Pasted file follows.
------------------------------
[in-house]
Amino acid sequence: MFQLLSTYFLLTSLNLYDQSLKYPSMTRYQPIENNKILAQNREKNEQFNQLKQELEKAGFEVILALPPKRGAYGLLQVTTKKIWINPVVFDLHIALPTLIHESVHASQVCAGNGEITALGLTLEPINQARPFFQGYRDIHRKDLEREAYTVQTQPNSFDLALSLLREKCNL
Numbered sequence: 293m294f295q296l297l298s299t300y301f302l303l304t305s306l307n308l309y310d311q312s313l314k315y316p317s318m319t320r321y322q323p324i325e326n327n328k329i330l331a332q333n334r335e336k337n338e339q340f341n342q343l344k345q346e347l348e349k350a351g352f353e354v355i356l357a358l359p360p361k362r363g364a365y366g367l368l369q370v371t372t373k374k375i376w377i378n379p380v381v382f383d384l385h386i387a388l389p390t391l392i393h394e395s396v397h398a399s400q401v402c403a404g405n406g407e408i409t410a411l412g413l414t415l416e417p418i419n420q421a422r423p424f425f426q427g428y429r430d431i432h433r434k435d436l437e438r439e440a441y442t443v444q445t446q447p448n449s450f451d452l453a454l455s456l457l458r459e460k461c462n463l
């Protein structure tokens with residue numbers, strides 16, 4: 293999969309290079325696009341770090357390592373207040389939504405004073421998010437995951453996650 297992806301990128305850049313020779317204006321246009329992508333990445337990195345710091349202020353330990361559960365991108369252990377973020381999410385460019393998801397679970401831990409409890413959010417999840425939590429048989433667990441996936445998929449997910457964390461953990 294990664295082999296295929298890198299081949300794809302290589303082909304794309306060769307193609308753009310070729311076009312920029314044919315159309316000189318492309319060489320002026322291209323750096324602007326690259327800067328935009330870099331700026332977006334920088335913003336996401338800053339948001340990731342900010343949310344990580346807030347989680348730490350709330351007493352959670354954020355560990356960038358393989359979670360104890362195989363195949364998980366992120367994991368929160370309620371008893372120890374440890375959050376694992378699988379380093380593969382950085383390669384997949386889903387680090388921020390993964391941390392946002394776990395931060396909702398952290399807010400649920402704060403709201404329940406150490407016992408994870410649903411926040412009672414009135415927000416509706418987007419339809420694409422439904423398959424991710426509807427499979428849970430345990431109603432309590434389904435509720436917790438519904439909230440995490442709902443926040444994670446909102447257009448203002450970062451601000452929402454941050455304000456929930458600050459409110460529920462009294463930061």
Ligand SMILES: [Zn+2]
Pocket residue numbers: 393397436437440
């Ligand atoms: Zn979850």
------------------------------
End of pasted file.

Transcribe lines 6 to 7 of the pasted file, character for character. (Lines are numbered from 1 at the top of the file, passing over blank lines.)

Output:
Pocket residue numbers: 393397436437440
């Ligand atoms: Zn979850």